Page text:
What specifically is good about this film is the drastic change in tone and style from Thor’s previous outings are often considered dull and monotonous, the result of which the inclusion of humor is a welcome addition and thankfully a lot of the jokes hit bullseyes as I was laughing constantly throughout this film as I would while watching a genuine comedy. Essentially, director Waititi throws out all the cumbersome weights that hampered Thor and tells a simpler but no less cool story about a superhero trying to get back to his home to clean house. In between he gives Thor ample opportunities to be a beer-swigging beefcake, negotiate some treacherously outlandish situations and strip him off the one thing that makes him Thor, the Mjolnir. At one point, Odin even asks a defeated Thor ‘What are you, the God of Hammers? ‘, had me laughing till my tears rolled down. After all, this is a film about a traditional Norse God as a superhero fighting alongside a big, angry, green rage monster – it’s important to have fun with it! The tone is light but no less serious, populated by so many colorful characters in a vivid world trapped in impossible situations. At first I thought the introduction of Hulk in the early trailer is a misstep, but Mark Ruffalo‘s casting would have been close to impossible to keep under wraps. By giving Planet Hulk comic fans a look-in would have been a better move. The repartee between Thor and Hulk/Banner is so hilarious. No less funny is also the dialogue between Thor and Loki, gone is that “he aren’t heavy, he is my brother” vibe and this is a Thor that will give Loki a smack down if he is out of step. It’s the screenplay from Eric Pearson that should take most of the credit, along with some of the brilliant new characters we’re introduced to, Korg in particular played by Waititi himself being one of the MCU’s most welcome additions. The characters are even more expansive in development, both intrigue and entertain and their well fleshed out personalities make them easy to care for them. Thor and Loki are beautifully realized characters while Hulk is the most interesting he’s been in a long time. Valkeryie is interesting addition mainly due to her feisty personality and personal motivations. Korg (with Waititi writing himself in to portray) is a bit random but is a lot of fun. The film has the mythological scale of something like The Lord of the Rings, the over-the-top fun of Richard Donner‘s Superman films, and the extra sprinkling of The Hulk in a gladiator costume to top all this insanity off in a perfectly gorgeous combo. Oh, and it accomplishes the other-world-liness of films like The Star Wars Trilogy. The crazy, kinetic action really does extend to the whole of the film, from beginning to end, each sequence excellently choreographed. It doesn’t shy away from its roots from comics as some of the fights are just as delightfully eccentric and over-the- top. Still they never cease to entertain and, more than that, some are just stunning to behold; the flashback to Valkyrie battling Hela the first time, her army atop a hoard of winged horses soaring through an orange sky only to be cut down by swords and spikes flying towards them in slow- motion. Director Waititi manages to find character and comedy beats even in swooping spaceship chases and bruising hand-to-hand combat. There’s a thrilling fluidity to the action sequences – whether it’s Thor soaring towards his enemies like lightning made flesh, or Hela unleashing her multiple projectiles of death with a dark, graceful beauty. The action, of which there is plenty, is driven by the retro vibes of Mark Mothersbaugh‘s score and even Led Zeppelin‘s Immigrant Song, which kicks the finale into overdrive particularly well. Perhaps more impressively, director Waititi handles every Marvel blockbuster’s requisite action scenes with more clarity and flair than you’d expect from an indie director.
Javier Aguirresarobe‘s cinematography combines seamlessly with the expectedly stunning visual effects to create an almost psychedelic sense to the action sequences. Sadly, the film doesn’t come without its flaws, with the biggest one being the main antagonist Hela herself. Hela is another in a long line of lackluster MCU villains. She’s the first female villain to pose as the main antagonist, which is great, and Cate Blanchett is perfect in the role, yet despite an interesting backstory, she is never really developed and ends up just becoming another one-dimensional villain with a plan that’s flawed from the offset, with no motivation beyond just being evil. Her being the Goddess of Death is also never really capitalized on outside of her resurrecting dead soldiers of Asgard’s crypts reasonably early on. Also, I am not quite pleased how the film handled some characters like Heimdall (Idris Elba), who throughout the whole film is running around in the jungle saving people, this is a character which the film could have easily done without. Karl Urban certainly does look like Skurge from the comic books, but his character also doesn’t do much until the climax. Also I wasn’t too fond of how they handled the absence of Jane (Natalie Portman) and dispatched of Thor’s companions, the Warriors Three, Hogun (Tadanobu Asano), Volstagg (Ray Stevenson) and Fandral (Zachary Levi), so quickly without any form of remorse. Plus, where was Sif (Jaimie Alexander) when this all was going down? Coming to the performances, the film features a strong ensemble cast, pretty much all of them showing some fine comedy instincts at one point in the film. Chris Hemsworth leads the film with such a confident performance, matching both the cockiness and naivety of his character to great effect. It’s not that he hasn’t been good in his previous appearances as the God of Thunder throughout the franchise – he was suavely charming in Thor and resolutely grim in The Dark World. But he’s so remarkably good here, switching effortlessly between bright-eyed puppy and care-worn leader that it feels like he’s finally come home. Hemsworth‘s performance in this film is a fantastic balance of sunshine and silliness; it’s a joy to behold. Mark Ruffalo continues to play the dual aspects of Bruce Banner – looming brute and mild-mannered professor – with so much winning charm that you want him to get his own Hulk film. Tom Hiddleston returns to the role of Loki and he’s expectedly wicked, making it easy to see why he’s such a favorite with the fans, while MCU newcomer Tessa Thompson shows plenty of potential to become a future fan favorite with a performance full of grit and fire as Valkyrie. If you’re a fan of Jeff Goldblum then I’d just like to say you won’t be disappointed with his performance as Grandmaster, a character just as eccentric as Goldblum himself. In supporting roles, Anthony Hopkins, Taika Waititi, Benedict Cumberbatch, Rachel House and Clancy Brown are also great .The cameos of Luke Hemsworth, Sam Neill and Matt Damon were just incredible. This film is another part of Marvel’s ever running hot streak, and here’s hoping it continues a little bit longer to say the least. On the whole, ‘Thor: Ragnarok’ is a wild and wacky intergalactic popcorn-blockbuster that is brimming with fun, personality and action.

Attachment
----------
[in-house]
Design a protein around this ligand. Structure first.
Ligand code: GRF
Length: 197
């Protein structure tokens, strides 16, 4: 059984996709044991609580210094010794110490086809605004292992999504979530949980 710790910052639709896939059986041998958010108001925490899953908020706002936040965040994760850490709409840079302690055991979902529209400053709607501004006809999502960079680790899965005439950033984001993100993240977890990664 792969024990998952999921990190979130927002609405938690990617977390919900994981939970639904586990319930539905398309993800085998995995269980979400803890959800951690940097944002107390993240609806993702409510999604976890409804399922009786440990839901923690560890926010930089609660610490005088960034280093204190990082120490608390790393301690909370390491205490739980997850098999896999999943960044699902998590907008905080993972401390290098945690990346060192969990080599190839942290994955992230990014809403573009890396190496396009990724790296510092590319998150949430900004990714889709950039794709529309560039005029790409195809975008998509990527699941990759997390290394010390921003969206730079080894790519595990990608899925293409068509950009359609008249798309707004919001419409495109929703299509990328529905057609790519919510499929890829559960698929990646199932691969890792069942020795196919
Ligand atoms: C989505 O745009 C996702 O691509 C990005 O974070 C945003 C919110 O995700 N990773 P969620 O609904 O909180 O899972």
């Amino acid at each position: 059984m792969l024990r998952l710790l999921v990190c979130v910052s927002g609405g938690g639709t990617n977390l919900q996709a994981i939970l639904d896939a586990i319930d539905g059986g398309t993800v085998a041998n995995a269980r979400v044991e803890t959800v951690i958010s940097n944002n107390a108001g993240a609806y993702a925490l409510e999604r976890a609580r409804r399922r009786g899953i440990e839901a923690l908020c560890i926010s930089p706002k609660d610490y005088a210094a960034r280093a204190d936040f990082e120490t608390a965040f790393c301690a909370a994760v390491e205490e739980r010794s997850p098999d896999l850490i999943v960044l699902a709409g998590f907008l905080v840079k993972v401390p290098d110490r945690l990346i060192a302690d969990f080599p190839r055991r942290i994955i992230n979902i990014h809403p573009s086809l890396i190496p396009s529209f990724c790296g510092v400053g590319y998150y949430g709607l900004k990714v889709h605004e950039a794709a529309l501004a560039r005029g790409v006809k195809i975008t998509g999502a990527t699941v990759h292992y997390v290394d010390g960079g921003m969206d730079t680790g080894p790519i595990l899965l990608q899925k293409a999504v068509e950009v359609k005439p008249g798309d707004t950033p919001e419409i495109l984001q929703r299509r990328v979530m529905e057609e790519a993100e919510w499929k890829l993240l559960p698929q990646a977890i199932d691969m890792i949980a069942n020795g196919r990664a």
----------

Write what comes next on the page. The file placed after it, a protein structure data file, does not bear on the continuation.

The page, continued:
Directed – Taika Waititi
Rated – PG13
Run Time – 130 minutes